Of course, this doesn’t necessarily mean that everything will be taken care of in phase one, but you may see your list of original requirements start to shrink after go live. Familiarity with the new system after phase one is also beneficial because you and your implementation team will find that it’s easier to work in a system that’s already up and running. Releasing incremental functionality after you’re live will save more time and money than if you converted everything all at once. Plus, you’ll be able to stop paying maintenance fees to your outgoing vendor once you turn your new system on. A phased implementation will having you doing that much sooner.

 

3. Stop Scope Creep

AMS softwareWe’ve all been there—it’s halfway through a construction project and, as long as everything is ripped up and exposed, why not add another bathroom or redo the floors. The inclination to add scope to a project is a natural one.

The same goes for an AMS implementation. You may have been as detailed in your requirements gathering as possible, but once you get into the implementation, those seemingly “little” requests and add-ons start appearing.

Scope creep is, naturally, one of the biggest areas you can manage to keep costs down. The bulk of this management, however, takes place not when you’re in the think of it but right from the start. A good pricing model (and implementation methodology) strongly assumes that spending time upfront will save an organization a considerable amount in both time and money than discovering things toward the middle or end of the project.

To that end, our implementation team spends a great deal of time in open discussions with our clients, making sure we have every piece of information, no matter how exhaustive the RFP is. That’s not because the RFP isn’t necessarily complete, but because these discussions tend to reveal deeper requirements. Additionally, the implementation team can bring to light the needs and best practices of similar clients. They may be able to suggest requirement you’ll need for processes that will save you in the future.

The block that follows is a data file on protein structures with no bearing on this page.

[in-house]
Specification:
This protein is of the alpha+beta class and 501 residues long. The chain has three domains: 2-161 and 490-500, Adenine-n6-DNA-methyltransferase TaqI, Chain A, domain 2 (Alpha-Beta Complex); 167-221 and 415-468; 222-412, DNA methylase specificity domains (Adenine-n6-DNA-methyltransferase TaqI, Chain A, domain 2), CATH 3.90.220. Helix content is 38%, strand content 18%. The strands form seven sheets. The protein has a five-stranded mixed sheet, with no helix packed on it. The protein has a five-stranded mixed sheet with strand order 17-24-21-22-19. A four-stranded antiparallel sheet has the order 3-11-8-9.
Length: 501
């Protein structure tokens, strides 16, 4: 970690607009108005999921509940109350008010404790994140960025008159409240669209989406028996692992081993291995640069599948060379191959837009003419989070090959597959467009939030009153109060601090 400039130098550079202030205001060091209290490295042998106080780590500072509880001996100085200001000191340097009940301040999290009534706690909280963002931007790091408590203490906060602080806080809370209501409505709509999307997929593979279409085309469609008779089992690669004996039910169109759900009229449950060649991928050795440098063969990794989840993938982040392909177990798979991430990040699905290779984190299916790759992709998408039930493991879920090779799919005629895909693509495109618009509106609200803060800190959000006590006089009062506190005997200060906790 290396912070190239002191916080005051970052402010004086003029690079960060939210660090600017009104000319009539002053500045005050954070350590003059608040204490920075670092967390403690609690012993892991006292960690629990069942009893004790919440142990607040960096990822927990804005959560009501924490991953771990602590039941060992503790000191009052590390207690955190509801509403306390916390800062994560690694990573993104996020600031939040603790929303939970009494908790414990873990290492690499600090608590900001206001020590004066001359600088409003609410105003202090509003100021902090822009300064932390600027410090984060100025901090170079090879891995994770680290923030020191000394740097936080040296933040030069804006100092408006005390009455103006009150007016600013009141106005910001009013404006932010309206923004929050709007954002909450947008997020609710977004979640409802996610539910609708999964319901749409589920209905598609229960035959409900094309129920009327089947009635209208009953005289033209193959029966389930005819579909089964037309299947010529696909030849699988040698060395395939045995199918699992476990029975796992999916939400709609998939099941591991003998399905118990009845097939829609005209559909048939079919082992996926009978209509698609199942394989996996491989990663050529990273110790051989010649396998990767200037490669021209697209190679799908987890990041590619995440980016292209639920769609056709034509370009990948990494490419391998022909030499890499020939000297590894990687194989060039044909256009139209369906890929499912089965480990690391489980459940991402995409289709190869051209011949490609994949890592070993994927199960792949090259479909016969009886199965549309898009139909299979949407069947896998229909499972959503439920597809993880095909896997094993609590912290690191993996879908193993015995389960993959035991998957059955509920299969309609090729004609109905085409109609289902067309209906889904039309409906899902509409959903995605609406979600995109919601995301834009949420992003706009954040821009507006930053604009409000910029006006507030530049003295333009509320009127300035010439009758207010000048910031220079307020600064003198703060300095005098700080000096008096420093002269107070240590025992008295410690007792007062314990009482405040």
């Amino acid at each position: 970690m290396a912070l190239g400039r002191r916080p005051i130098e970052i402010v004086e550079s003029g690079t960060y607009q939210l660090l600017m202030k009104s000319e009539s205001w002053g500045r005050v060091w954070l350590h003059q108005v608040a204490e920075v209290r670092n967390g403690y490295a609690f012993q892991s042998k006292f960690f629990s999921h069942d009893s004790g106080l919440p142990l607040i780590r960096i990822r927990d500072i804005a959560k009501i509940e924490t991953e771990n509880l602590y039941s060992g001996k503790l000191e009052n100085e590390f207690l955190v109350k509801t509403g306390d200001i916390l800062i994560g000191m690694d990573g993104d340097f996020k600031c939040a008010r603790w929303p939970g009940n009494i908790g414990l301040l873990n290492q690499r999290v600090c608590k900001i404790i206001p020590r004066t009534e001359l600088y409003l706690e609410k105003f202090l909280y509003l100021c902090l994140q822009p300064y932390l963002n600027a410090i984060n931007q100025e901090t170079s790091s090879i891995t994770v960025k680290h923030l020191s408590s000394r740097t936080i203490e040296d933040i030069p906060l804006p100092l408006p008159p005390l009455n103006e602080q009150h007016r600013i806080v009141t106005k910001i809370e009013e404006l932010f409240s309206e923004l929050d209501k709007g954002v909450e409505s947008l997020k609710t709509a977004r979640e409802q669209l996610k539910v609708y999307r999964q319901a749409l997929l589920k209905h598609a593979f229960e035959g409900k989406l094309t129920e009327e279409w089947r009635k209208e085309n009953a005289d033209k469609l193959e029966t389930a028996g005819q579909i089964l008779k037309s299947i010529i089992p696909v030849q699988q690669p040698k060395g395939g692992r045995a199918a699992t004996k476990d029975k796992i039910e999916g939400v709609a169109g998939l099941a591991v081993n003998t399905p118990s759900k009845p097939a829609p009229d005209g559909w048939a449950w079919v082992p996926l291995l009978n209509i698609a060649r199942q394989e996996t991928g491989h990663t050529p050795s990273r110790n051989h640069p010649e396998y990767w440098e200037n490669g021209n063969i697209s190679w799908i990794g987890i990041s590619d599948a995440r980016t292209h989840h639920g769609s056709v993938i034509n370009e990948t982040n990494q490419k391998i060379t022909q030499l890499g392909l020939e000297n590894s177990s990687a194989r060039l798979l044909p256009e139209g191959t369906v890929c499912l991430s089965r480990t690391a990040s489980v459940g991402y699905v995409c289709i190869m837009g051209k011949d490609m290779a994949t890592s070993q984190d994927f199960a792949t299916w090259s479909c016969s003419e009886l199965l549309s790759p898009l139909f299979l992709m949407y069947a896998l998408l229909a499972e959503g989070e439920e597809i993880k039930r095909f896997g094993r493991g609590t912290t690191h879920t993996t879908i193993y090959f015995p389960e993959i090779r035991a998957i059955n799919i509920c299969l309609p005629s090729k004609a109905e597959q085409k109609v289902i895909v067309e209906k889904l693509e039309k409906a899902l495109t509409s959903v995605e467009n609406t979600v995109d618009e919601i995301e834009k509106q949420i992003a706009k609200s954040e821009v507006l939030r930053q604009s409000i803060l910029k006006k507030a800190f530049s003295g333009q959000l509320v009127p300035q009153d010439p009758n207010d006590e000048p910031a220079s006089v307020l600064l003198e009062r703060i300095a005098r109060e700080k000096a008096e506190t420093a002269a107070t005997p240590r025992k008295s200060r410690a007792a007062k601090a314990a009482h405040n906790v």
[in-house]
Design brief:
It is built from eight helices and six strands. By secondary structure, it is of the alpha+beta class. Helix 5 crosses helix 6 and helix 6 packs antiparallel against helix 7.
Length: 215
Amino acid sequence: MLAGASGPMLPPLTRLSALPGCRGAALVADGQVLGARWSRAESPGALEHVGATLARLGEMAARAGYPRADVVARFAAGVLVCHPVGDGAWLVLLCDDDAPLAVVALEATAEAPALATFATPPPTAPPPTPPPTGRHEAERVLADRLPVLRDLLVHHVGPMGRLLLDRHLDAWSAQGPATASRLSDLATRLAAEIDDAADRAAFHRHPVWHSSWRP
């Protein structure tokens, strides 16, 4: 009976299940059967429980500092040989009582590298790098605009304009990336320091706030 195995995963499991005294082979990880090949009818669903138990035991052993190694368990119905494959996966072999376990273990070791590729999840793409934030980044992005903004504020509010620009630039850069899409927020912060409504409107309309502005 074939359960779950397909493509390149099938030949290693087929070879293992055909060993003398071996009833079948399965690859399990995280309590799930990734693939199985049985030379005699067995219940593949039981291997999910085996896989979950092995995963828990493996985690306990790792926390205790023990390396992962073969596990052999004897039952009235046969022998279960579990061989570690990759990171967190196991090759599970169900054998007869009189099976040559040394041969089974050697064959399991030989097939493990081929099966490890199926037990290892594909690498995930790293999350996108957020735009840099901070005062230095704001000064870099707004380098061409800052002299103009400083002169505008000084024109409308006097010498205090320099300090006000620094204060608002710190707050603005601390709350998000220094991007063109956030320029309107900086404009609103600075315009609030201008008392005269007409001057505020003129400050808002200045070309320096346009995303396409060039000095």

It All Comes Down to Change

No matter what stage of your software selection and implementation you’re in—whether defining new processes, gathering requirements, or managing the scope of work—staying open to change is your best cost-savings tactic. The less time it takes to go live with streamlined requirements, the less your overall scope will be. And when you define everything you’ll need from the start, you’ll keep surprise costs from sneaking in. As you and your team open yourselves to new process, you may find that you can do more with less, leaving you with a system that stays within budget while helping to achieve your goals.

 

If you're wondering how much does an AMS cost or how to build a business case for implementing new technology, check out the AMS Pricing Guide.

Pricing Toolkit for Membership Software

 

 

About Johanna Kasper

As the Director of Engagement at Aptify, Johanna helps prospective clients navigate the AMS selection process to determine if Aptify is the best fit. She is passionate about helping associations improve processes and drive disruption and change within their organizations. She has a BA and MBA from Tulane University and is constantly homesick for New Orleans and its food. When not tweeting about associations and membership, she loves traveling and visiting her three sisters along the East Coast.